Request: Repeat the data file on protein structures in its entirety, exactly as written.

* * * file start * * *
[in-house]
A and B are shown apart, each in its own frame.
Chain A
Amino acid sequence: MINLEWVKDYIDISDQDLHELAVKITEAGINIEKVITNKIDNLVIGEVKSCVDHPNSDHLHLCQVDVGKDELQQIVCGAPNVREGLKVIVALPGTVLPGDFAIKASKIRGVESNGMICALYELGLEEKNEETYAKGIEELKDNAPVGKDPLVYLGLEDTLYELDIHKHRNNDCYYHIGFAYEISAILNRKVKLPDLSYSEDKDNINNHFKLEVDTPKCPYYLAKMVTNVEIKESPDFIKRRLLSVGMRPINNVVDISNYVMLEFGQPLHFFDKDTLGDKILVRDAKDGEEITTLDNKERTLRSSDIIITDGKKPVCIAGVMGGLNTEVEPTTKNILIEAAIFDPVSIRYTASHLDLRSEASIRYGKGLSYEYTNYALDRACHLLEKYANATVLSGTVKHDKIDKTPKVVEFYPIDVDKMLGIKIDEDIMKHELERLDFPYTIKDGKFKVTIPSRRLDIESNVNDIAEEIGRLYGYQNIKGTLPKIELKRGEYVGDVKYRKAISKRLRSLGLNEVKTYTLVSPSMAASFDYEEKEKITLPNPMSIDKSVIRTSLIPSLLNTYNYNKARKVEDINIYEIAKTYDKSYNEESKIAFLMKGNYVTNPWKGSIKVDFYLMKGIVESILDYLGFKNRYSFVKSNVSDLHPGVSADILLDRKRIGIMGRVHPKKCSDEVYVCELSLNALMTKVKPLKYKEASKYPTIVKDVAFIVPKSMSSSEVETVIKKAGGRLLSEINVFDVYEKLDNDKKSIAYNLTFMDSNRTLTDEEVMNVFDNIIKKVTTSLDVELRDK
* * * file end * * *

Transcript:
[in-house]
A and B are shown apart, each in its own frame.
Chain A
Amino acid sequence: MINLEWVKDYIDISDQDLHELAVKITEAGINIEKVITNKIDNLVIGEVKSCVDHPNSDHLHLCQVDVGKDELQQIVCGAPNVREGLKVIVALPGTVLPGDFAIKASKIRGVESNGMICALYELGLEEKNEETYAKGIEELKDNAPVGKDPLVYLGLEDTLYELDIHKHRNNDCYYHIGFAYEISAILNRKVKLPDLSYSEDKDNINNHFKLEVDTPKCPYYLAKMVTNVEIKESPDFIKRRLLSVGMRPINNVVDISNYVMLEFGQPLHFFDKDTLGDKILVRDAKDGEEITTLDNKERTLRSSDIIITDGKKPVCIAGVMGGLNTEVEPTTKNILIEAAIFDPVSIRYTASHLDLRSEASIRYGKGLSYEYTNYALDRACHLLEKYANATVLSGTVKHDKIDKTPKVVEFYPIDVDKMLGIKIDEDIMKHELERLDFPYTIKDGKFKVTIPSRRLDIESNVNDIAEEIGRLYGYQNIKGTLPKIELKRGEYVGDVKYRKAISKRLRSLGLNEVKTYTLVSPSMAASFDYEEKEKITLPNPMSIDKSVIRTSLIPSLLNTYNYNKARKVEDINIYEIAKTYDKSYNEESKIAFLMKGNYVTNPWKGSIKVDFYLMKGIVESILDYLGFKNRYSFVKSNVSDLHPGVSADILLDRKRIGIMGRVHPKKCSDEVYVCELSLNALMTKVKPLKYKEASKYPTIVKDVAFIVPKSMSSSEVETVIKKAGGRLLSEINVFDVYEKLDNDKKSIAYNLTFMDSNRTLTDEEVMNVFDNIIKKVTTSLDVELRDK